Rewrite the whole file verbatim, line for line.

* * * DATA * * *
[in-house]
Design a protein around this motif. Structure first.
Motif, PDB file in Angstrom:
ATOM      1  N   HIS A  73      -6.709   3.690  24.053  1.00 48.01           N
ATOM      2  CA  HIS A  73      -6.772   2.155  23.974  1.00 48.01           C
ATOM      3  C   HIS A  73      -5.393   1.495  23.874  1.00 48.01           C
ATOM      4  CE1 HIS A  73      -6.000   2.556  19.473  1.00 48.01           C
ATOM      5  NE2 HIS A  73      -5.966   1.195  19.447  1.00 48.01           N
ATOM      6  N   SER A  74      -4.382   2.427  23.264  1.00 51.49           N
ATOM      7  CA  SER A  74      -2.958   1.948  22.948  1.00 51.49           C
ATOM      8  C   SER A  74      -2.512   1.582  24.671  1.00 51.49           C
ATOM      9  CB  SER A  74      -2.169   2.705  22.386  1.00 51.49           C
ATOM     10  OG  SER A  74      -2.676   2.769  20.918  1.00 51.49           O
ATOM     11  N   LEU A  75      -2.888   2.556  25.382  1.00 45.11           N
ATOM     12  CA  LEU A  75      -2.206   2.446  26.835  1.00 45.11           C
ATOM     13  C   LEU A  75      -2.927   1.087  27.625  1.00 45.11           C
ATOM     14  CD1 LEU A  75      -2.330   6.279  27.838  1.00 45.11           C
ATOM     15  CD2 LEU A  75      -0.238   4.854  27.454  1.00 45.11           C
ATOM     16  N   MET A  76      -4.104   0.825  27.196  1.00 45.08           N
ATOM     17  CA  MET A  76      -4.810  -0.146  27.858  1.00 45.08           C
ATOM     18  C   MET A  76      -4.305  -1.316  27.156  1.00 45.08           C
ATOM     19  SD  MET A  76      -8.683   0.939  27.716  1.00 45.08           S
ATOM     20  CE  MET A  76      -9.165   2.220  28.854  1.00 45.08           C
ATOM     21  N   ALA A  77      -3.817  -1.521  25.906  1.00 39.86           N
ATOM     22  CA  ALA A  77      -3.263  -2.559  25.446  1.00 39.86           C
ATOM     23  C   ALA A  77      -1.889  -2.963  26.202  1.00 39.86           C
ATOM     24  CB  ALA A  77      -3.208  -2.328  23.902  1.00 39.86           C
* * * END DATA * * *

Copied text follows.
[in-house]
Design a protein around this motif. Structure first.
Motif, PDB file in Angstrom:
ATOM      1  N   HIS A  73      -6.709   3.690  24.053  1.00 48.01           N
ATOM      2  CA  HIS A  73      -6.772   2.155  23.974  1.00 48.01           C
ATOM      3  C   HIS A  73      -5.393   1.495  23.874  1.00 48.01           C
ATOM      4  CE1 HIS A  73      -6.000   2.556  19.473  1.00 48.01           C
ATOM      5  NE2 HIS A  73      -5.966   1.195  19.447  1.00 48.01           N
ATOM      6  N   SER A  74      -4.382   2.427  23.264  1.00 51.49           N
ATOM      7  CA  SER A  74      -2.958   1.948  22.948  1.00 51.49           C
ATOM      8  C   SER A  74      -2.512   1.582  24.671  1.00 51.49           C
ATOM      9  CB  SER A  74      -2.169   2.705  22.386  1.00 51.49           C
ATOM     10  OG  SER A  74      -2.676   2.769  20.918  1.00 51.49           O
ATOM     11  N   LEU A  75      -2.888   2.556  25.382  1.00 45.11           N
ATOM     12  CA  LEU A  75      -2.206   2.446  26.835  1.00 45.11           C
ATOM     13  C   LEU A  75      -2.927   1.087  27.625  1.00 45.11           C
ATOM     14  CD1 LEU A  75      -2.330   6.279  27.838  1.00 45.11           C
ATOM     15  CD2 LEU A  75      -0.238   4.854  27.454  1.00 45.11           C
ATOM     16  N   MET A  76      -4.104   0.825  27.196  1.00 45.08           N
ATOM     17  CA  MET A  76      -4.810  -0.146  27.858  1.00 45.08           C
ATOM     18  C   MET A  76      -4.305  -1.316  27.156  1.00 45.08           C
ATOM     19  SD  MET A  76      -8.683   0.939  27.716  1.00 45.08           S
ATOM     20  CE  MET A  76      -9.165   2.220  28.854  1.00 45.08           C
ATOM     21  N   ALA A  77      -3.817  -1.521  25.906  1.00 39.86           N
ATOM     22  CA  ALA A  77      -3.263  -2.559  25.446  1.00 39.86           C
ATOM     23  C   ALA A  77      -1.889  -2.963  26.202  1.00 39.86           C
ATOM     24  CB  ALA A  77      -3.208  -2.328  23.902  1.00 39.86           C